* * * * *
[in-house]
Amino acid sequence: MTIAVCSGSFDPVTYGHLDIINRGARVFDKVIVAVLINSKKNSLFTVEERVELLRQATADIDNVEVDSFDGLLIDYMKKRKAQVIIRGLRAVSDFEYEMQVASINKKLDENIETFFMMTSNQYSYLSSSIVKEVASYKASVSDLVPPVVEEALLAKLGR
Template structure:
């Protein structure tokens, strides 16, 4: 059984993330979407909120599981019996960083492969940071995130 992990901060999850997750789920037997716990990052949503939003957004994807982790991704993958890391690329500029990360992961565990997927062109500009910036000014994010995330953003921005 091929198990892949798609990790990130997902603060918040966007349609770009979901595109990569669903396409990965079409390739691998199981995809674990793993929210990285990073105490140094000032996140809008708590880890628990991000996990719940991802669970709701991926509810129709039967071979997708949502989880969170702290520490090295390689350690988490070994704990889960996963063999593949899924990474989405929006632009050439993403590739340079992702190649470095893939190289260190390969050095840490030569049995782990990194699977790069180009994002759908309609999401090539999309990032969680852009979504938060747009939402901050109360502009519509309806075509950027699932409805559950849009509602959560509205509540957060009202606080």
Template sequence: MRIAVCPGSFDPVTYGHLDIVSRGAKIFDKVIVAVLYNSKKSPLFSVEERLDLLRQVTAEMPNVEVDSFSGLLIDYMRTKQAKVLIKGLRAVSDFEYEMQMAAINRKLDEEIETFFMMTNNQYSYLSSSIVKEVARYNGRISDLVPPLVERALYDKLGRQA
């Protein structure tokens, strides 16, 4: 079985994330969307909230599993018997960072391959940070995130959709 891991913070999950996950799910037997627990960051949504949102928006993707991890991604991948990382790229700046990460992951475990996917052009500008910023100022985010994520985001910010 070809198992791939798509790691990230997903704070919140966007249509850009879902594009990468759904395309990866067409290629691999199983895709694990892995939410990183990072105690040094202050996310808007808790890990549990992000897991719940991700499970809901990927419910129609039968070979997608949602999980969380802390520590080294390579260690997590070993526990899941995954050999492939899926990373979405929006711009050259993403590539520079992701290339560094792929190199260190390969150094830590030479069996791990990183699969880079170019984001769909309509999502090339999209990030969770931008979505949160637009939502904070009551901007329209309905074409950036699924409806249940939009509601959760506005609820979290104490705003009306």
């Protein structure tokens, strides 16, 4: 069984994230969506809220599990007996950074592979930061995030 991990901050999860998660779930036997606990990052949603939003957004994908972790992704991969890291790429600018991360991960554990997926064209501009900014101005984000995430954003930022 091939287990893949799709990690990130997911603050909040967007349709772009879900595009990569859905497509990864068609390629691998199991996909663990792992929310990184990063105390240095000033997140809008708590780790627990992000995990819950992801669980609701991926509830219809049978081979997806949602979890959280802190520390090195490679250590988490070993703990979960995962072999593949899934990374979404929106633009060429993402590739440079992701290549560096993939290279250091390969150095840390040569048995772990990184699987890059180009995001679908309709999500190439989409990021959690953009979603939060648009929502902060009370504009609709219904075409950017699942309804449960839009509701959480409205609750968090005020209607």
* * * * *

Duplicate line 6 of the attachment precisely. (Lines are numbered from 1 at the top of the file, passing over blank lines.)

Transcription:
């Protein structure tokens, strides 16, 4: 079985994330969307909230599993018997960072391959940070995130959709 891991913070999950996950799910037997627990960051949504949102928006993707991890991604991948990382790229700046990460992951475990996917052009500008910023100022985010994520985001910010 070809198992791939798509790691990230997903704070919140966007249509850009879902594009990468759904395309990866067409290629691999199983895709694990892995939410990183990072105690040094202050996310808007808790890990549990992000897991719940991700499970809901990927419910129609039968070979997608949602999980969380802390520590080294390579260690997590070993526990899941995954050999492939899926990373979405929006711009050259993403590539520079992701290339560094792929190199260190390969150094830590030479069996791990990183699969880079170019984001769909309509999502090339999209990030969770931008979505949160637009939502904070009551901007329209309905074409950036699924409806249940939009509601959760506005609820979290104490705003009306």